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Sturgeon finally gets an upgrader

A deal with the provincial government has paved the way for construction of an upgrader in Sturgeon County, which could begin as early as this fall.

A deal with the provincial government has paved the way for construction of an upgrader in Sturgeon County, which could begin as early as this fall.

The deal announced last week allows North West Upgrading to start some construction this fall with full construction expected in 2012 on its 50,000 barrel-per-day bitumen upgrader in northeast Sturgeon County. It will cost an estimated $5 billion and at its peak create 8,000 jobs.

The project, which is expected to be completed in 2014, is the first upgrader project in Sturgeon to set a construction timetable, as the other proposed projects have largely been stalled or cancelled all together.

Announcing the deal, Premier Ed Stelmach said the province had often stepped in to encourage important industries.

"Albertans and their government have never been afraid to make bold decisions," he said. "We had faith in the potential of the oilsands when no one else thought it was a viable resource."

Stelmach referenced Encana, Telus and the Alberta Treasuries Branch as important businesses that began with the government's help.

Citing his often-repeated line that shipping bitumen out of the province was the equivalent of a farmer selling his topsoil, Stelmach said this deal was good for the long term.

"When we upgrade our own resources in our own province, we are creating future prosperity. We are creating a value-added opportunity."

The details of the agreement are myriad and complex, but in essence the province will pay North West for the cost of upgrading the province's bitumen and share in the proceeds when the company sells its diesel on the open market.

The government will pay roughly three-quarters of processing costs, which will be taken out of its share of revenues from selling the diesel. The government will not be required to pay up front for the processing costs and is not loaning the company funds or becoming an equity investor.

The province will have the bitumen to transfer through its bitumen royalty in kind (BRIK) program, which was announced several years ago as part of the royalty review.

North West chairman Ian MacGregor said with the deal in place, the company would be able to complete the detailed engineering and get going on the upgrader.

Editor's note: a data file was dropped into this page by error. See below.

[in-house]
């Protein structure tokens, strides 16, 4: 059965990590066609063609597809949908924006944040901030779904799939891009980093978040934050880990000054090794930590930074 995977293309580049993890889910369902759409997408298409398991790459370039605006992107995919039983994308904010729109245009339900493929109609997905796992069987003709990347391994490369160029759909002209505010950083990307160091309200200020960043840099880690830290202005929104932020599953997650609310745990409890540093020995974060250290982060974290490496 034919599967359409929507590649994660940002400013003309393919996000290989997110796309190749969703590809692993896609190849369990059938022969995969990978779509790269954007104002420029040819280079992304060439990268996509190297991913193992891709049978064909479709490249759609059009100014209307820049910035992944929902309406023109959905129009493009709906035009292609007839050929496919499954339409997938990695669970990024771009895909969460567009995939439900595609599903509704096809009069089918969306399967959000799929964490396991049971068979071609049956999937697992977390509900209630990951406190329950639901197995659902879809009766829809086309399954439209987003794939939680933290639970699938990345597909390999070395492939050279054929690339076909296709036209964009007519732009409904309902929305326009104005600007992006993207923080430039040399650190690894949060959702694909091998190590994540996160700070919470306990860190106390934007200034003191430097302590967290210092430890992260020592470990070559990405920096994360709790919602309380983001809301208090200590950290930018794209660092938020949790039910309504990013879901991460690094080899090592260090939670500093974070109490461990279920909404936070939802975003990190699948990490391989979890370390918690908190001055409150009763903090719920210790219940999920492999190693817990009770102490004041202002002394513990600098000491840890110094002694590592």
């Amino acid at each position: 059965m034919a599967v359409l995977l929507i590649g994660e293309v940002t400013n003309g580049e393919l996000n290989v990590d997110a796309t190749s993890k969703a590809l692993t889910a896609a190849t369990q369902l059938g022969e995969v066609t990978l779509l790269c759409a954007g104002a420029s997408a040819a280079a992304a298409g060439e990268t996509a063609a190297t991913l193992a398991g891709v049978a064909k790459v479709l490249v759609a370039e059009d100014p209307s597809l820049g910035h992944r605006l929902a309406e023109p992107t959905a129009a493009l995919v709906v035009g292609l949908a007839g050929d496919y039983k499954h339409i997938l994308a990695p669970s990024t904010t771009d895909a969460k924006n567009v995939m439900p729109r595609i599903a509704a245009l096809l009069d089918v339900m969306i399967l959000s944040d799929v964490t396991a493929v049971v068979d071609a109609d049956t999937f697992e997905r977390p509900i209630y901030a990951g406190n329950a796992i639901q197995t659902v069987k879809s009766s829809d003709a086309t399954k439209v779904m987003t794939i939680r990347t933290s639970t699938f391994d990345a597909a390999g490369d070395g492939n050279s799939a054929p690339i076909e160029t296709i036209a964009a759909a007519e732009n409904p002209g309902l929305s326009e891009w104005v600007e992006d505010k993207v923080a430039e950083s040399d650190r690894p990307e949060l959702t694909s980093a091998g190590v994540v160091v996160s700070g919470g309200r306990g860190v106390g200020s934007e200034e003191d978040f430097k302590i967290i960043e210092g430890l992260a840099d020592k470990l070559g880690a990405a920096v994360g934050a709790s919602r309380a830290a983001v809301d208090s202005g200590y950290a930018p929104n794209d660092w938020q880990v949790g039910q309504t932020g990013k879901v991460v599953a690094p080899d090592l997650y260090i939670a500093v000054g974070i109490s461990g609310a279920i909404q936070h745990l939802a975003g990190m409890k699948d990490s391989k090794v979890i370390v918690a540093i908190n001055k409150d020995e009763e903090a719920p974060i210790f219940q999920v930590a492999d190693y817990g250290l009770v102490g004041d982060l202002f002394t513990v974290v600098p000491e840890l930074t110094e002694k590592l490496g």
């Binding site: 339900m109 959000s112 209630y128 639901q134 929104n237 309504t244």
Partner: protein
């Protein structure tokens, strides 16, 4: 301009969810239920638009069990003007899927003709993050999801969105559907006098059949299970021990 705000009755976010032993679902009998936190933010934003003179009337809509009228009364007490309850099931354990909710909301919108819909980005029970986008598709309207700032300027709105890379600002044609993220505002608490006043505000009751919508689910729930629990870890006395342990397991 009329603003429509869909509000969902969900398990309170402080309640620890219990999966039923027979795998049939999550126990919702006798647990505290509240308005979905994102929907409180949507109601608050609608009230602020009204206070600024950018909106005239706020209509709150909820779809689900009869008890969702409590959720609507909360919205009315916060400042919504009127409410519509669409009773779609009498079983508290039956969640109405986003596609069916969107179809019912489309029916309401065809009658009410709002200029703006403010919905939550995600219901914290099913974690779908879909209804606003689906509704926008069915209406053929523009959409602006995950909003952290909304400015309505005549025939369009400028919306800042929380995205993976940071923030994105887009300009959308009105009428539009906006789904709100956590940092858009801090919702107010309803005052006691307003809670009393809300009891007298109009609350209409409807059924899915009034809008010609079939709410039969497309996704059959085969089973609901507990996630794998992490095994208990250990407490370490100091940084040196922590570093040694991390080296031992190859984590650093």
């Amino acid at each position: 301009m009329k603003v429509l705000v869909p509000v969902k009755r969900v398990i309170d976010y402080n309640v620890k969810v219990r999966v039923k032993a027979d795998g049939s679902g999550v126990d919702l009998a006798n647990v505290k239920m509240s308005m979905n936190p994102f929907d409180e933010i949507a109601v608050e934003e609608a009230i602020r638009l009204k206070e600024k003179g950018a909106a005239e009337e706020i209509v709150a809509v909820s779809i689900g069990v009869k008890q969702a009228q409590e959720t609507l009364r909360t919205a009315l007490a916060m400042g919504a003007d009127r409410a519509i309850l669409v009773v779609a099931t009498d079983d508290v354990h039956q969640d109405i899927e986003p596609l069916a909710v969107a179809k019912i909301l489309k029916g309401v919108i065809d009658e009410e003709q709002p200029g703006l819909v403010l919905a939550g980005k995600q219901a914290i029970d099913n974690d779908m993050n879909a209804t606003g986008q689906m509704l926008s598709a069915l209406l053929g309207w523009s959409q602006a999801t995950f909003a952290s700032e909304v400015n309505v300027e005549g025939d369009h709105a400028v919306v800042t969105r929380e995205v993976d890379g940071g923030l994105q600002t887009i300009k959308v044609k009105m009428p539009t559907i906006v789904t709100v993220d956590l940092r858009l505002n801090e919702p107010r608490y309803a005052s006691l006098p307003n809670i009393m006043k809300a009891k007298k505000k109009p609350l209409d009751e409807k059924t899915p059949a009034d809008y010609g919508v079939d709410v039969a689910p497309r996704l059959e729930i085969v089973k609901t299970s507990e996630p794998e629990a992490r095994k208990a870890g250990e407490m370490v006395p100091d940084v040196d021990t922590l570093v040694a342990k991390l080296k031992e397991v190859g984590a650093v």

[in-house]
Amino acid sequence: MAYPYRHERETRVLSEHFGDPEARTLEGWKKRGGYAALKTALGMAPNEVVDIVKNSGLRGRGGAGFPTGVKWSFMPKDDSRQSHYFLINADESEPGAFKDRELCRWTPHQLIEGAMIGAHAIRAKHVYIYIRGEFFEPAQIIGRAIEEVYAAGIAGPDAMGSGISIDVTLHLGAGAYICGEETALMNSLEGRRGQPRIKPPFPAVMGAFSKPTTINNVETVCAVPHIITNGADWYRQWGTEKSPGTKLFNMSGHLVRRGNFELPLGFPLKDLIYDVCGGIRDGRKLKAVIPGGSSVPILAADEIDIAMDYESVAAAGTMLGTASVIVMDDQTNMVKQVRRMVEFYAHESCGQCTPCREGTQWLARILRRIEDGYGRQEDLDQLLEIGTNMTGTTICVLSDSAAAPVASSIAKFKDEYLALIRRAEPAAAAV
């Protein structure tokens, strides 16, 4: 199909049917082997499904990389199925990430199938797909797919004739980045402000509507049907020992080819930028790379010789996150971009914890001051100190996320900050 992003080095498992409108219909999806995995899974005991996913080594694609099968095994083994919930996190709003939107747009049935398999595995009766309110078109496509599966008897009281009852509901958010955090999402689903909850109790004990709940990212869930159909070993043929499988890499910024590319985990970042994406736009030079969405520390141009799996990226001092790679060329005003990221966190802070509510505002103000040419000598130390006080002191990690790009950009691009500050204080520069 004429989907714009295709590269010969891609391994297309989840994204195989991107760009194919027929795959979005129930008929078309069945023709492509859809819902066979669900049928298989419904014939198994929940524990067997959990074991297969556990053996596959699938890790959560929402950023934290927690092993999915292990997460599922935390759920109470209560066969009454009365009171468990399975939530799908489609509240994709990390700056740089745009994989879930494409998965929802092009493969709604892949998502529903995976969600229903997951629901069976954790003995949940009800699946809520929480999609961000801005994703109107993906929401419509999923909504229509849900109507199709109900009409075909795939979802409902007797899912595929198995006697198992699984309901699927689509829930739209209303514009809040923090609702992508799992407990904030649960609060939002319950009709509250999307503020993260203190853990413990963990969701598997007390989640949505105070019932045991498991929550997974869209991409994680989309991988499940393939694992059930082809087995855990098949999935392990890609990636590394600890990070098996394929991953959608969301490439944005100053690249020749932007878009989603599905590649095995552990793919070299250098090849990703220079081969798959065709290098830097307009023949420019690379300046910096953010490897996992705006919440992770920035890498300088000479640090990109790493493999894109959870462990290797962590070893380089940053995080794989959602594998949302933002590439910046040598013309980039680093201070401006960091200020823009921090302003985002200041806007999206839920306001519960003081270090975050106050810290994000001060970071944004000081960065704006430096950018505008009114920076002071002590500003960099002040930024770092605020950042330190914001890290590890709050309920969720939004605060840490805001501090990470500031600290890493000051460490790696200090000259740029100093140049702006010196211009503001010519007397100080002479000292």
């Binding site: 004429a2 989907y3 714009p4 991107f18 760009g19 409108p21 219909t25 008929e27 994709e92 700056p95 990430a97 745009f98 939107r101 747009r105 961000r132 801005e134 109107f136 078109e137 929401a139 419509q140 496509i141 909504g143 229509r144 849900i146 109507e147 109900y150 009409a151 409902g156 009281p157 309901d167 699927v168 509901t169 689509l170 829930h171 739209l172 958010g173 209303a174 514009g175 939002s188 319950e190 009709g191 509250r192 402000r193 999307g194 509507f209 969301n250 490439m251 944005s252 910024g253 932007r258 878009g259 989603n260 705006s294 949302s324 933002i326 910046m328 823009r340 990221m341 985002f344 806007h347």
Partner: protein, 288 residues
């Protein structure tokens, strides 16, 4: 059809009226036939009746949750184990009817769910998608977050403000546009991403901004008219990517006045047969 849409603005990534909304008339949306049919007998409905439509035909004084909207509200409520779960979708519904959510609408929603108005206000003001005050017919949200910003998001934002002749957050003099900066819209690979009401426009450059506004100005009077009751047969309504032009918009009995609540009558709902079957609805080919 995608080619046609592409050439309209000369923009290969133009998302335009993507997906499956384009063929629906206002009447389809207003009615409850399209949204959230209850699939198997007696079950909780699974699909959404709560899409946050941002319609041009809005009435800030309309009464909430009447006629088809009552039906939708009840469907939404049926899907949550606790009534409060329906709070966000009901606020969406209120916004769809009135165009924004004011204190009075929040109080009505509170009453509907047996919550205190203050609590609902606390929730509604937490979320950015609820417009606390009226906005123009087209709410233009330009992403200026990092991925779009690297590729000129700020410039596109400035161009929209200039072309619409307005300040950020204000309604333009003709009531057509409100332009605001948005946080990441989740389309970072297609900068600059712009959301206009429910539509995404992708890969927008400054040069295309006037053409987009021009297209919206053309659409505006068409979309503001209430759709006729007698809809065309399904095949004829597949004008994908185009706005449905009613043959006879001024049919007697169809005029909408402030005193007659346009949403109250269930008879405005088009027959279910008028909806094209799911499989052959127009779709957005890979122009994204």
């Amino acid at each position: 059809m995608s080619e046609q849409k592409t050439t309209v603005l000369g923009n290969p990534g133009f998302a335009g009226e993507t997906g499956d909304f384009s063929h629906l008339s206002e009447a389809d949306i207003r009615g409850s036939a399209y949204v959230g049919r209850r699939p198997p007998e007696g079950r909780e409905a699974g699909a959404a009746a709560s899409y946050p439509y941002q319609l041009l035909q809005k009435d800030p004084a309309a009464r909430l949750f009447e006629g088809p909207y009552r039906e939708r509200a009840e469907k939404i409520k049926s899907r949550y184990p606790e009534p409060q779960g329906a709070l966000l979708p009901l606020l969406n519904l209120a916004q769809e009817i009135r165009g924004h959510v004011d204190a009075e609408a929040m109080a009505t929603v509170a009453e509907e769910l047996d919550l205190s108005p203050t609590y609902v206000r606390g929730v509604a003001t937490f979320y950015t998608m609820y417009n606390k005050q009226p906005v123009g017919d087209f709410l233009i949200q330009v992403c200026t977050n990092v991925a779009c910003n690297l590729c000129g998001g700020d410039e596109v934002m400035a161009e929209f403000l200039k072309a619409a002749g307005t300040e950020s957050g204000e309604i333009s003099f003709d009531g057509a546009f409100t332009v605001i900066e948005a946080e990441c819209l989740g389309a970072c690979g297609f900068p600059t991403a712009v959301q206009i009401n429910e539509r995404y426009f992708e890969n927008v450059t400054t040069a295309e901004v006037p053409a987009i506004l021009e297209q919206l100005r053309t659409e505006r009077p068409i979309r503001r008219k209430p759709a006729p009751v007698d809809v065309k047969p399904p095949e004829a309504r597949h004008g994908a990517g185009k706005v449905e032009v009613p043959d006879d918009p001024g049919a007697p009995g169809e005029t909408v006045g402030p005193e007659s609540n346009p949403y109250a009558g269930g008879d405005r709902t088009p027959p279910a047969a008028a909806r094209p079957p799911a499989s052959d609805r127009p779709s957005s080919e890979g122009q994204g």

"The contract we have signed with the province under BRIK allows us to start construction and we are going to do that immediately."

MacGregor said the announcement was very important for the future of the industrial heartland and for Albertans.

"You are very lucky to be here today, history is being made," he told the assembled crowd of provincial cabinet ministers, oil executives, municipal politicians and journalists. "It will create great value for Albertans."

Sturgeon Mayor Don Rigney was also overjoyed at the announcement, noting the county had waited years for good news about its investment in the heartland.

"This is really an exciting setup. We are going to have a lot more certainty now."

He said the county was ready for the project and will be able to mitigate the impacts on citizens.

"We have spent a lot of time putting in roads and water and sewer so it is there. We basically are ready to go, " he said. "We have been very proactive."

Not everyone is pleased with the announcement. Anne Brown, a member of the group Citizens for Responsible Development, which has spoken against several upgraders at government hearings, said the environmental and health impacts of these plants are still not understood.

"With the go-ahead of this plant it is more emissions, more pollution to the area and again our issues about health, about air quality have not been addressed."

The 50,000-barrel per day project is just the first of three phases the company plans for the site, each with the same capacity. The deal with the province allows for an extension to cover the second phase of the project but does not specifically include it.

The upgrader has received regulatory approvals from Alberta Environment and zoning changes from Sturgeon County.

Each of the three stages has a capacity of 50,000 barrels per day. In each of the first two phases 12,500 barrels per day will come from the company's partner in the project, Canadian Natural Resources Limited.

Carbon line

The announcement of the upgrader was twinned with the government's support of the Alberta Carbon Trunk Line, a massive carbon capture and storage project that will tie into both North West and the Agrium Fertilizer plant in Sturgeon.

The line will take carbon dioxide from those plants and transport it to central Alberta where it can be used to recover oil from long abandoned wells.

The government is spending $495 million on this project and Stelmach said it was part of the government's commitment to protecting the environment while developing the oilsands.

"We are committed to developing our resources in an environmentally sustainable way," he said. "This is groundbreaking technology and only will you see it in the province of Alberta."

Allowing old oil wells to be re-commissioned is also expected to have an economic benefit to the province, leading the government to collect royalties when the wells start pumping again.

MacGregor said the trunk line allows oil previously thought to be unrecoverable to come out of the ground and he believes there will be a demand for the carbon dioxide the company produces.

"The CO2 from our refinery will unstick the stuck oil."

Construction on the trunk line is expected to get under way in 2012 and Enhanced Energy, the company behind it, has estimated it will create about 2,000 jobs during construction.

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